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I am in high school and we are doing a report on why slavery is or is not okay. A lot of my peers have been saying that the bible says there is nothing wrong with slavery. Is this really true?

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    This doesn't really fit this site. We're more about processing claims that are made in notable circumstances. Other sites, like Christianity.SE might fit this question better. Or you could just check Google results, like Wikipedia. – Brythan Sep 14 '17 at 2:21
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    Weird that a lot of references seem to treat this as a religious issue rather than a factual one. While religious leaders who observe the Bible as a religious text could understandably have an interest in discussing interpretation, the simple content of the Bible itself is definitely within the realm of factual analysis. – Nat Sep 14 '17 at 4:56
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    This site is about asking factual claims, not about interpreting the bible. We can say whether a specific passage is in the bible, but we don't interpret what it means. That is absolutely subjective. – Sklivvz Sep 14 '17 at 7:48
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    It is about facts, except that many people use a version of the Bible which has an appendix where Jesus comes along and comes up with new rules that supersede the old rules, except that he says he isn't doing that, except some people explain the Bible shouldn't be read that way, except some people still prefer the old version, except some people have made different translations. We have tried this before - we get bogged down really quickly by many centuries of opinionated exegism. – Oddthinking Sep 14 '17 at 10:40
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    The question isn't "Does this translation of the Bible contain this passage?" It is "What meaning do you infer from all the relevant Bible passages from all the relevant Bibles?" – Oddthinking Sep 14 '17 at 10:42
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I don't know if there is a verse in the Bible which states that slavery is good - or bad, for that matter.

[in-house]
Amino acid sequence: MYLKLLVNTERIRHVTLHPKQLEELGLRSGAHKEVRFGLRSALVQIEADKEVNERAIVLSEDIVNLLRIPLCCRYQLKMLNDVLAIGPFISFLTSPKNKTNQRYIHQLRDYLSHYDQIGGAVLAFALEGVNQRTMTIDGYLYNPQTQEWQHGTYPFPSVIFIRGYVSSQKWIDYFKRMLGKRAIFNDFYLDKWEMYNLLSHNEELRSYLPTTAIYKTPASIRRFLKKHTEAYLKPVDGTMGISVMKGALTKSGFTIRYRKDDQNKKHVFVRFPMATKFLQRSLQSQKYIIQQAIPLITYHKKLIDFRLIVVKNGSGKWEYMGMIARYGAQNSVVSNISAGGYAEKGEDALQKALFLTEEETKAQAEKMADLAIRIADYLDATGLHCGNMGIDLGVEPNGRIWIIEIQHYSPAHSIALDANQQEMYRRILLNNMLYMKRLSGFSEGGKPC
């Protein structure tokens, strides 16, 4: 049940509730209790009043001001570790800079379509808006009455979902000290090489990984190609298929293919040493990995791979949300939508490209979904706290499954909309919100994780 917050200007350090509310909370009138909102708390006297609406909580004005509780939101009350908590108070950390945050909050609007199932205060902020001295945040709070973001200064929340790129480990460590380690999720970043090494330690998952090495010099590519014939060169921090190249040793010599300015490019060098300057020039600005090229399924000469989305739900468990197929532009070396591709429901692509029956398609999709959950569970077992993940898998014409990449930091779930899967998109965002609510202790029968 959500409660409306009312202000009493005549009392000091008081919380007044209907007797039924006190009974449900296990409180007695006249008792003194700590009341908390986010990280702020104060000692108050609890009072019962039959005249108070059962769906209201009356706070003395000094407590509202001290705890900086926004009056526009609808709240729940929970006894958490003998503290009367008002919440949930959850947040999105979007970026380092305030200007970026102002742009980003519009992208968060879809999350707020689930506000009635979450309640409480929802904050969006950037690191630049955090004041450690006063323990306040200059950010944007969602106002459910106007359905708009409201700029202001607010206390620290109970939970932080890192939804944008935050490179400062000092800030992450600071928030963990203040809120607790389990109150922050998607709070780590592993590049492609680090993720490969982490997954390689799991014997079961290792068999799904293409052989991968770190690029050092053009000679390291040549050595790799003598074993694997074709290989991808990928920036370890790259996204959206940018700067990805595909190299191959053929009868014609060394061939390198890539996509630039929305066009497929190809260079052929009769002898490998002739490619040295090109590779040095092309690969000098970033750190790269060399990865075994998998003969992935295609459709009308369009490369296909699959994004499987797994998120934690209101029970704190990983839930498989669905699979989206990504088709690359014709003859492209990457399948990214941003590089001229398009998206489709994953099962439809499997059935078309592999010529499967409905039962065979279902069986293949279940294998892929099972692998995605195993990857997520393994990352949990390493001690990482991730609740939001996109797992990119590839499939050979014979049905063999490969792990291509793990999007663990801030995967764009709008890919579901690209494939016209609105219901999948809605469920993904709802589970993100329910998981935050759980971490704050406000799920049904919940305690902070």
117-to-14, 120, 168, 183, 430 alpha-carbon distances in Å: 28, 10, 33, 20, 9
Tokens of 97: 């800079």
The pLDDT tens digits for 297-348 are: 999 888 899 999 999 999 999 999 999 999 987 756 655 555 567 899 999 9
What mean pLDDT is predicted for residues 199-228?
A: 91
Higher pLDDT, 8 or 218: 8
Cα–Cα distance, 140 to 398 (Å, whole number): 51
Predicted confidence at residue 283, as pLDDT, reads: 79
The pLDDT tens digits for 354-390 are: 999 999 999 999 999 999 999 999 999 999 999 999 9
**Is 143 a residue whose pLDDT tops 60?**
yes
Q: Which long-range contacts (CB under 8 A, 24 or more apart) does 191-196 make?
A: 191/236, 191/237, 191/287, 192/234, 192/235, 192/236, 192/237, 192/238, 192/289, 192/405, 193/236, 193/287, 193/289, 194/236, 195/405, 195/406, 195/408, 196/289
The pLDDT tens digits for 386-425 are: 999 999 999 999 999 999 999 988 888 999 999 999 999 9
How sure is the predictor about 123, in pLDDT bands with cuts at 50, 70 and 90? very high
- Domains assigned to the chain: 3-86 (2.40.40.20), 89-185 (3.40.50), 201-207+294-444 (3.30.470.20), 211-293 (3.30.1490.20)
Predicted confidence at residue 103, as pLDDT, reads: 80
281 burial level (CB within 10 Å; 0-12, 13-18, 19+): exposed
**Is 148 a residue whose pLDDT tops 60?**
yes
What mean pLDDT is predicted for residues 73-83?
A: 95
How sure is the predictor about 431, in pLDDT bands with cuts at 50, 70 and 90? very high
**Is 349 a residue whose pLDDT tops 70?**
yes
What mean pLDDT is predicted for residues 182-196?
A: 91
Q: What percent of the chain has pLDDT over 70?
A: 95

However, there are many verses that treat slavery as a normal, and explain how slaves should be treated. It should be kept in mind that slaves were treated in different ways by different societies and at different times. For example, in may societies, including Greek, Roman and Jewish, slaves could be freed, and often were. Before the emergence of democracy, most civilisations permitted the use of slavery in some form or other, so the Bible is not exceptional, it just reflects the way people behaved in those days.

There are many other biblical practices that we would not condone any more, for example the stoning of adulteresses. Other practices, such as the death penalty, still occur but are gradually disappearing. It just shows that the Bible reflects the morality of the Israelites at the time.

This site has a list of verses that detail the rules applicable to the treatment of slaves.

Other verses, like Exodus 21:16 make it clear that Israelites must not be sold into slavery.

Wikipedia also has a good article about slavery and the Bible.

  • 1 Tim 1:9-10 9 We also know that the law is made not for the righteous but for [...] slave traders and liars and perjurers—and for whatever else is contrary to the sound doctrine – Wyrmwood Sep 15 '17 at 23:01
  • @Wyrmwood The King James Bible Online says "menstealers". In another translation it reads "kidnappers". – hdhondt Sep 16 '17 at 1:33
  • Perhaps a modern translation would say "human trafficker". The point is simply that there is indeed a verse that emphatically condemns the practice. – Wyrmwood Sep 18 '17 at 16:25
  • @Wyrmwood It all depends on your translation. In modern terms, a human trafficker is certainly not the same as a slave trader. The refugees transported feel (wrongly perhaps) that they are being done a favour. So no, I do not see that verse as condemning slavery. – hdhondt Sep 18 '17 at 23:41
  • Do a search on those terms and you will find them all related to slavery. Not sure how else I can help. Good luck. – Wyrmwood Sep 19 '17 at 15:45
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TLDR: The Christian Bible never says slavery is good but it doesn't explicitly forbid it. The commandments concerning slavery define minimum working conditions for slaves which makes them very close to what we would call employees, at least for Hebrew males.